Reading The Pillars of Creation, by Terry Goodkind, while walking down Market Street, on a quiet Friday afternoon before the throngs of St. Patty's Day drinkers hit San Francisco. When I asked him what's so great about it that he can't put it down he said, Oh? I always read while I'm walking. When I asked him if he ever fell in man holes, etc., he said his friends wonder the same thing but, remarkably, nothing has ever happened. He usually alternates between fantasy and quasi-intellectual books.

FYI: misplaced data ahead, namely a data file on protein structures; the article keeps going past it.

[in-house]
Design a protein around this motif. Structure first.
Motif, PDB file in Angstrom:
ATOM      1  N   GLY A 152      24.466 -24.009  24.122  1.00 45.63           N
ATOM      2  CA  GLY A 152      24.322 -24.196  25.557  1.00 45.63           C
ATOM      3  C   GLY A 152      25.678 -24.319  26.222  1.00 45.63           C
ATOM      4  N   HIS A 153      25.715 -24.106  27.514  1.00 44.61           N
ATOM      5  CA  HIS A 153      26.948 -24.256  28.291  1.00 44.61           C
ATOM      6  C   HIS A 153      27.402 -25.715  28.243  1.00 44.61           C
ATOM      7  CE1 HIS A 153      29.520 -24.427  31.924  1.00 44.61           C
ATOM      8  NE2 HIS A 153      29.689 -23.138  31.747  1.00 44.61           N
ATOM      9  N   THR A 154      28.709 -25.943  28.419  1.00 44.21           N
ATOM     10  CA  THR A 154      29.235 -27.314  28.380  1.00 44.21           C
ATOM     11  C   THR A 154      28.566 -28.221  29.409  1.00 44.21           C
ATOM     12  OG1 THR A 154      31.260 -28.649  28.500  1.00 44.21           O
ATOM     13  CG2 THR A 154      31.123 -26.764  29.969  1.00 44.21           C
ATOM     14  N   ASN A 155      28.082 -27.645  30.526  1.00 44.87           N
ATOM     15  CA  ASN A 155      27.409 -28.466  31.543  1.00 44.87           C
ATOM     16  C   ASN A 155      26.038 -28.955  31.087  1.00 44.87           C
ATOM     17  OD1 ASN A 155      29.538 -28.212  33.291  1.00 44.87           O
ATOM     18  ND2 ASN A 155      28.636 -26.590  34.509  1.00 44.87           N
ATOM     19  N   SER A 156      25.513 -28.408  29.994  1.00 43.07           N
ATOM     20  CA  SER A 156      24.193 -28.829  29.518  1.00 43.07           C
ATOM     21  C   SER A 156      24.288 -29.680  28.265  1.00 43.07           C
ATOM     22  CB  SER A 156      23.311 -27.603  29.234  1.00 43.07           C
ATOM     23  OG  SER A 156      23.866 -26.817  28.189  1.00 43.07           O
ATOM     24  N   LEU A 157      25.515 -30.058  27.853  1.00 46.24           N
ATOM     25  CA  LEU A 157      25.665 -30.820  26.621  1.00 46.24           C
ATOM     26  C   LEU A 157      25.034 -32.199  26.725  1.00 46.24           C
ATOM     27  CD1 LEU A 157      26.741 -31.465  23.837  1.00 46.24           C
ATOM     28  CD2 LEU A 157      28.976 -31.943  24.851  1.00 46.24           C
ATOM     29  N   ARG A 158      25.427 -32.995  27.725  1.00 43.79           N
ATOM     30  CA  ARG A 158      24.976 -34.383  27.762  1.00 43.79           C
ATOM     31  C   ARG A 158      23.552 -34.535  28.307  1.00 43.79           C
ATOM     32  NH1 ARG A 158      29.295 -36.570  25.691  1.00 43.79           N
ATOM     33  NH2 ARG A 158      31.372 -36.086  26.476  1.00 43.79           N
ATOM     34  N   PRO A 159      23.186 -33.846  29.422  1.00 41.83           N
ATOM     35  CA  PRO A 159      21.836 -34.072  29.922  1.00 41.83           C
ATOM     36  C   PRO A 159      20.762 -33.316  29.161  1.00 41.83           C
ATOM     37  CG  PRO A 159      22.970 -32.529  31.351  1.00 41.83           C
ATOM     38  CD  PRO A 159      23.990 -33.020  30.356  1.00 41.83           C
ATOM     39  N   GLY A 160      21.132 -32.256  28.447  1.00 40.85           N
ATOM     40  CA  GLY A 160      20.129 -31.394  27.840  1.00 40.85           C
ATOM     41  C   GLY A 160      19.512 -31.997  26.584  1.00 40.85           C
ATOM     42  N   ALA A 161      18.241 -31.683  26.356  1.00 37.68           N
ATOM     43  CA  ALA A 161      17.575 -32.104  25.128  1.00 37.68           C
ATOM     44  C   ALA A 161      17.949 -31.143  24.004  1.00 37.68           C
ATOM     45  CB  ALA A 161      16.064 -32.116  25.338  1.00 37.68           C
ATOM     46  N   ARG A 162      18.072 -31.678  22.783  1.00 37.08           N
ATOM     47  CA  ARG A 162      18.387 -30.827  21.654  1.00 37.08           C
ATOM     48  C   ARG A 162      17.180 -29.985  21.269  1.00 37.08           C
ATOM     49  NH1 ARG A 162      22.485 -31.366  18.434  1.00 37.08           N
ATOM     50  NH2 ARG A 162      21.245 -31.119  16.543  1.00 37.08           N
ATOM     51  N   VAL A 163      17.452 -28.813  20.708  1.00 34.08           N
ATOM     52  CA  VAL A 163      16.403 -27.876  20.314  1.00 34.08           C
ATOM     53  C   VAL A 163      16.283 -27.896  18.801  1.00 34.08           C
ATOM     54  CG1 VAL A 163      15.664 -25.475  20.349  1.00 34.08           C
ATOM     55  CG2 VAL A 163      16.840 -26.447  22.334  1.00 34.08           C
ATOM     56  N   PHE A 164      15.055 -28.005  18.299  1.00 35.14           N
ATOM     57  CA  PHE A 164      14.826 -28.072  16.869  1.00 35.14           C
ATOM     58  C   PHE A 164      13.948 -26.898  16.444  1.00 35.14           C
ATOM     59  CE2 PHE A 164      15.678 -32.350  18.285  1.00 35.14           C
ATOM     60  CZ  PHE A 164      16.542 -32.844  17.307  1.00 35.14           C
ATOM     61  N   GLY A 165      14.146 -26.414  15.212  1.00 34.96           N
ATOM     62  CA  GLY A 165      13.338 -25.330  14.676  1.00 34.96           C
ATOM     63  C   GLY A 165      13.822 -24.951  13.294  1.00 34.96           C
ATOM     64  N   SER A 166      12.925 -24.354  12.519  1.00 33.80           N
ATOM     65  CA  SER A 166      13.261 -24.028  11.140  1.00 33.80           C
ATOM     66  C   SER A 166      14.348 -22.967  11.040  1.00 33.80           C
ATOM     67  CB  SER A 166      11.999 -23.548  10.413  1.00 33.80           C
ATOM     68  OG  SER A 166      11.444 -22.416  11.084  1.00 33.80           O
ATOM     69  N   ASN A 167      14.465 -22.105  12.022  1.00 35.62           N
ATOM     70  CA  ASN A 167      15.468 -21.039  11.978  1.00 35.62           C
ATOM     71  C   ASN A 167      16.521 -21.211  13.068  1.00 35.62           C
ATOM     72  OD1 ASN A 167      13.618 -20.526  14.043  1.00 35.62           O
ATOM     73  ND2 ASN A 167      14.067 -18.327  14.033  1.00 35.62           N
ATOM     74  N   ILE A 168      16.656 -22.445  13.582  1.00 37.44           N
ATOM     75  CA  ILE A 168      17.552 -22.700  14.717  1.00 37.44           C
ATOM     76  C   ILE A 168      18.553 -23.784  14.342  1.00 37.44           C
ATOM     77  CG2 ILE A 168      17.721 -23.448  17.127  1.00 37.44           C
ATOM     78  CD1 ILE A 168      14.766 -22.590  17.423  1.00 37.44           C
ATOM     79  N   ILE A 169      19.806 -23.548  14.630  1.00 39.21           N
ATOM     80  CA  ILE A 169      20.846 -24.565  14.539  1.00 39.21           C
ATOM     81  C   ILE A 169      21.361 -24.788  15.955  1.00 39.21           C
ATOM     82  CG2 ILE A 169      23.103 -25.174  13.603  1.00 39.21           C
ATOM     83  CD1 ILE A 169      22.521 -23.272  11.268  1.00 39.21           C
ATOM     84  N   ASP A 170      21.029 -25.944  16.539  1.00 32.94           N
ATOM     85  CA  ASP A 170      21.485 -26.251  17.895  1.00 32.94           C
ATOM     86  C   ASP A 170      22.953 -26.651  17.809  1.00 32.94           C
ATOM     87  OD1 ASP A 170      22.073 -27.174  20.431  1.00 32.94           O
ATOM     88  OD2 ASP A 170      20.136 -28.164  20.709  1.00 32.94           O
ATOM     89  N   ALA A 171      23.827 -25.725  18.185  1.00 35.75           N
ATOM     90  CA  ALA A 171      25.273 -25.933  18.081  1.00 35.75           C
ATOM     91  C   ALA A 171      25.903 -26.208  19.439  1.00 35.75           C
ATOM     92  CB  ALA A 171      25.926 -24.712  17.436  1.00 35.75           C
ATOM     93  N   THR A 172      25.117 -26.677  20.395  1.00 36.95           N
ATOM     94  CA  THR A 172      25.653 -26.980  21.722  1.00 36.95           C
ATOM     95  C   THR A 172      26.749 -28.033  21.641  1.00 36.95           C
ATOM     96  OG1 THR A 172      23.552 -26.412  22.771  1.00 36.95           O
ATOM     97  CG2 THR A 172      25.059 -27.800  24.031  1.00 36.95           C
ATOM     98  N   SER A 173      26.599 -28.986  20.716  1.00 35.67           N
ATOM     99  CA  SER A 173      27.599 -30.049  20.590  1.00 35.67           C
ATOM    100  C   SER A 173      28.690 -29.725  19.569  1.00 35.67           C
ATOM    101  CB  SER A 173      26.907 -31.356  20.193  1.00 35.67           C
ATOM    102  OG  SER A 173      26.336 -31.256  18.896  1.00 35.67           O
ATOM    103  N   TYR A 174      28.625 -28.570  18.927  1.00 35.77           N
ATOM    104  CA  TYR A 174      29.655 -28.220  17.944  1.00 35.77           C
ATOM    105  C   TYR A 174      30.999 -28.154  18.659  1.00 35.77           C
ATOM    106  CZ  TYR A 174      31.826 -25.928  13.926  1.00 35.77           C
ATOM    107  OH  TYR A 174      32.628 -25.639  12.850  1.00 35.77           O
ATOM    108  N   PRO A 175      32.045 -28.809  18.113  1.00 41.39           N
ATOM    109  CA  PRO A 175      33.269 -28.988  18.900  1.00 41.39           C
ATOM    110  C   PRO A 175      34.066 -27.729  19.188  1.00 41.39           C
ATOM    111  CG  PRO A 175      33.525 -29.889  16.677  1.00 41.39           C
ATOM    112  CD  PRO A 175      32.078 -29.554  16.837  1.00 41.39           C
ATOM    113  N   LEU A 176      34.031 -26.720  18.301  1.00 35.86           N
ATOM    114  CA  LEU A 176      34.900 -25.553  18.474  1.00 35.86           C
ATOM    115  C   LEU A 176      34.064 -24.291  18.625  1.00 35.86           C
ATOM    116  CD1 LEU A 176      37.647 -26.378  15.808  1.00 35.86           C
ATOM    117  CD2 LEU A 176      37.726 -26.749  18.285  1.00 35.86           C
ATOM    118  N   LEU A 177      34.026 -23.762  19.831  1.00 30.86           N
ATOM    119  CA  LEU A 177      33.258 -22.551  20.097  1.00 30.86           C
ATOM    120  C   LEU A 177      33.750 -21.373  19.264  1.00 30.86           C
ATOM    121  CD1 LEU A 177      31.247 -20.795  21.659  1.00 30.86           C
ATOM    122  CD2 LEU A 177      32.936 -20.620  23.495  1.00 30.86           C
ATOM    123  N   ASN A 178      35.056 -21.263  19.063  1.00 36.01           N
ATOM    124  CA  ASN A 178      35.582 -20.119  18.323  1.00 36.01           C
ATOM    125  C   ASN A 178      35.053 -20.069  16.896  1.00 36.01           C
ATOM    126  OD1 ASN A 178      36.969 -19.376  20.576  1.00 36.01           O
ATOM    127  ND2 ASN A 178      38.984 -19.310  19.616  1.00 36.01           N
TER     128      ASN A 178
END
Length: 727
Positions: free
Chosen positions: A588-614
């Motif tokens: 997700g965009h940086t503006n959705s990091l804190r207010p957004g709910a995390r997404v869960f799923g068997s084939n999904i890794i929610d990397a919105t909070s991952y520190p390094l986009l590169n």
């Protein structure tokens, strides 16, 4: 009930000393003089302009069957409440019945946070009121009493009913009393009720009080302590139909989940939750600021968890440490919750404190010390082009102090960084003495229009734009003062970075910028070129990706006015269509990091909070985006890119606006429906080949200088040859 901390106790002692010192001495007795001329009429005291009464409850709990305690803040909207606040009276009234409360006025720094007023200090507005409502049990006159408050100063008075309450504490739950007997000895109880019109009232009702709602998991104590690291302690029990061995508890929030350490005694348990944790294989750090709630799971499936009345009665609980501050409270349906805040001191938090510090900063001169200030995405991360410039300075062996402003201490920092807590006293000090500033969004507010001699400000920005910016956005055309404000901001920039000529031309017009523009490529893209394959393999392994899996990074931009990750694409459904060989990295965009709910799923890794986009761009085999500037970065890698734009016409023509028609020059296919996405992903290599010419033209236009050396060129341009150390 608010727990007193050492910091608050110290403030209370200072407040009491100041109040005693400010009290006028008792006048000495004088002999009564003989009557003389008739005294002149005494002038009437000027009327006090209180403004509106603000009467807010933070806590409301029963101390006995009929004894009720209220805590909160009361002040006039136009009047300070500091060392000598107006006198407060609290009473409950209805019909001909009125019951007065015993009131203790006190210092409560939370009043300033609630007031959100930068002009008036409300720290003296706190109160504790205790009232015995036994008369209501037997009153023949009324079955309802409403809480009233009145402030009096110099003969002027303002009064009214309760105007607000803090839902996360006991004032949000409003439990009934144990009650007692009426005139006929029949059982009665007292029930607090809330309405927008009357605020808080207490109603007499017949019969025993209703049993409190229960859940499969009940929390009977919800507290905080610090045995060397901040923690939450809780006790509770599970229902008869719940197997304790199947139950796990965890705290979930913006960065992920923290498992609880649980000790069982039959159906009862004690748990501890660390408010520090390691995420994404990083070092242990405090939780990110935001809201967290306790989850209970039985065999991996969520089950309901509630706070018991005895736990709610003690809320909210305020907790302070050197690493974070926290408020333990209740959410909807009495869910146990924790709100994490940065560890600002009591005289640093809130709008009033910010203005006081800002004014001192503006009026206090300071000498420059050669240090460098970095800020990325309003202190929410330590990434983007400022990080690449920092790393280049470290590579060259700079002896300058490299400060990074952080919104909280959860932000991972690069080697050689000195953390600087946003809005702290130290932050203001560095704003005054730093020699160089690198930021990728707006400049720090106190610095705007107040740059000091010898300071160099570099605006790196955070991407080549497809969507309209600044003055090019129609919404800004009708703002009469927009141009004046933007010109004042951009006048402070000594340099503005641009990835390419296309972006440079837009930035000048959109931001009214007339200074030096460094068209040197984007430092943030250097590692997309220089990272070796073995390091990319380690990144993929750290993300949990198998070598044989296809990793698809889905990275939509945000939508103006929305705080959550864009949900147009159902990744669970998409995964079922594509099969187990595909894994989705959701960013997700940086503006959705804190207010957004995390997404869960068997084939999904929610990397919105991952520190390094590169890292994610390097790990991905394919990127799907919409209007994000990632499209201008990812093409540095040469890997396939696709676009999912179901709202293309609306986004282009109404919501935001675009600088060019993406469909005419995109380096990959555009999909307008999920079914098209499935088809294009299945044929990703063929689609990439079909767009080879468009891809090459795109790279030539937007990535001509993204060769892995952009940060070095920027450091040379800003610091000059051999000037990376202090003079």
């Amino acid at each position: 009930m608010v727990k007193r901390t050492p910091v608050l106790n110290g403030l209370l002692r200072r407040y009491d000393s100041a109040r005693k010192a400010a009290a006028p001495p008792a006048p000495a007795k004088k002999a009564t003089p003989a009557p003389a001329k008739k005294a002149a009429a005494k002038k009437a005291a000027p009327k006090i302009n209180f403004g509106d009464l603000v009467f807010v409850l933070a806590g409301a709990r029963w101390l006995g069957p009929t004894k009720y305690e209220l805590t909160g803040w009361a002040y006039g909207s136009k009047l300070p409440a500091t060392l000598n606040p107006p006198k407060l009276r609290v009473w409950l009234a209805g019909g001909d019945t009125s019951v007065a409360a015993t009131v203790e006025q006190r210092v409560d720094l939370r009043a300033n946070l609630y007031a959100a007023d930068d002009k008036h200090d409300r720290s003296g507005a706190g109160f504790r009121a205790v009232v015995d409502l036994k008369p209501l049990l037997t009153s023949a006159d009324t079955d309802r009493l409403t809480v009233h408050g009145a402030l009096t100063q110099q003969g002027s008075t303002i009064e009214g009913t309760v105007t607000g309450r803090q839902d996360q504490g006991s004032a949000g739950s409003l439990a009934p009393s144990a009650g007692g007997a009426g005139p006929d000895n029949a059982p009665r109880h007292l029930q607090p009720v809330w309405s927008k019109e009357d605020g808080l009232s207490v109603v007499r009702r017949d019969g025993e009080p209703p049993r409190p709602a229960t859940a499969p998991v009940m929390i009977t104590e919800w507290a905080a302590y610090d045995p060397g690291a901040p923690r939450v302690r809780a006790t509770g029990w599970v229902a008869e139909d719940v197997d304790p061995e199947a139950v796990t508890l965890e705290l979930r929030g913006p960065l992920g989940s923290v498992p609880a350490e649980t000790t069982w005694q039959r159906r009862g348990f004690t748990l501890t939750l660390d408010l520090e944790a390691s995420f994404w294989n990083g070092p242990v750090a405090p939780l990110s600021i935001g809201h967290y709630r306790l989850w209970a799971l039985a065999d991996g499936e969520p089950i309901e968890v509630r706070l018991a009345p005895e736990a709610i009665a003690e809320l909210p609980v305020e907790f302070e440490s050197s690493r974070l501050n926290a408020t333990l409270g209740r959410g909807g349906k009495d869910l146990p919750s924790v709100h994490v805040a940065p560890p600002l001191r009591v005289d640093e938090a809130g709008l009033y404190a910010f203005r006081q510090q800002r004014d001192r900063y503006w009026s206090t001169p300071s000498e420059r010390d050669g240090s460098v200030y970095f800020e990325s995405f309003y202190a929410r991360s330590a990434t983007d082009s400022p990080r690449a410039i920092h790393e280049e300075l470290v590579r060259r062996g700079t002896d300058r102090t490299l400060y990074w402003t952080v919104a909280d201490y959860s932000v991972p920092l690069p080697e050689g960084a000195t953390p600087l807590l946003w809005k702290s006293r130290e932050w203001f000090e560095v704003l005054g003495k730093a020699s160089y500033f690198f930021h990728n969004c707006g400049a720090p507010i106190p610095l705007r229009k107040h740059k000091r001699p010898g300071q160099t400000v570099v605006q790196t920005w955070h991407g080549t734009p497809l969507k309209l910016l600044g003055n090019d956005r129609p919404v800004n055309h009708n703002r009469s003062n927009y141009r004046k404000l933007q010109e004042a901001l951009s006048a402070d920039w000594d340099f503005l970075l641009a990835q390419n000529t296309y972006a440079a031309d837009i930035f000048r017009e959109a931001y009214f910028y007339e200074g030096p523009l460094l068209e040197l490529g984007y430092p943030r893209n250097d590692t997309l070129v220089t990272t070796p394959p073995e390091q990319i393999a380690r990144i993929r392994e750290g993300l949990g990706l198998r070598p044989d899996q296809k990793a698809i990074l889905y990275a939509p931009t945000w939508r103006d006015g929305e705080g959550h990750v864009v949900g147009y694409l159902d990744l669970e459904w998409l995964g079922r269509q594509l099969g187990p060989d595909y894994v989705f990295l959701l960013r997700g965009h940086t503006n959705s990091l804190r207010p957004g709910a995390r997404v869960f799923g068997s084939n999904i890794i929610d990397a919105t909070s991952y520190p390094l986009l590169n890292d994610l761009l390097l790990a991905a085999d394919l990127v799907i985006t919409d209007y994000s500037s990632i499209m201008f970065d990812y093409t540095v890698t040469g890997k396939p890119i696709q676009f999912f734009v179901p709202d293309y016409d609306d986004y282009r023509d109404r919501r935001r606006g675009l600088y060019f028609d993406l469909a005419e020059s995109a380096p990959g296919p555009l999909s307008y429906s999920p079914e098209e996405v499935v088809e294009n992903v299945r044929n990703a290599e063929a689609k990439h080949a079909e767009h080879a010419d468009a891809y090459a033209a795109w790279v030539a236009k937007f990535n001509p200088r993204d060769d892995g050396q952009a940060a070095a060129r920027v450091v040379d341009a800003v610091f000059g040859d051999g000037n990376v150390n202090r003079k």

The Pillars of Creation is part of a fantasy series, and it's actually the second time he's read it. The author has just come out with the next one and he's refreshing his memory before he launches into the new one.

The last thing he read--Freakonomics: A Rogue Economist Explores the Hidden Side of Everything, by Steven Levitt and Stephen Dubner (this makes me want to co-author with a Sonja or a Sonia.)

Favorite book? Doesn't have one, though the most well-written book he's read, that he usually recommends to people is One Hundred Years of Solitude, by Gabriel Garcia Marquez.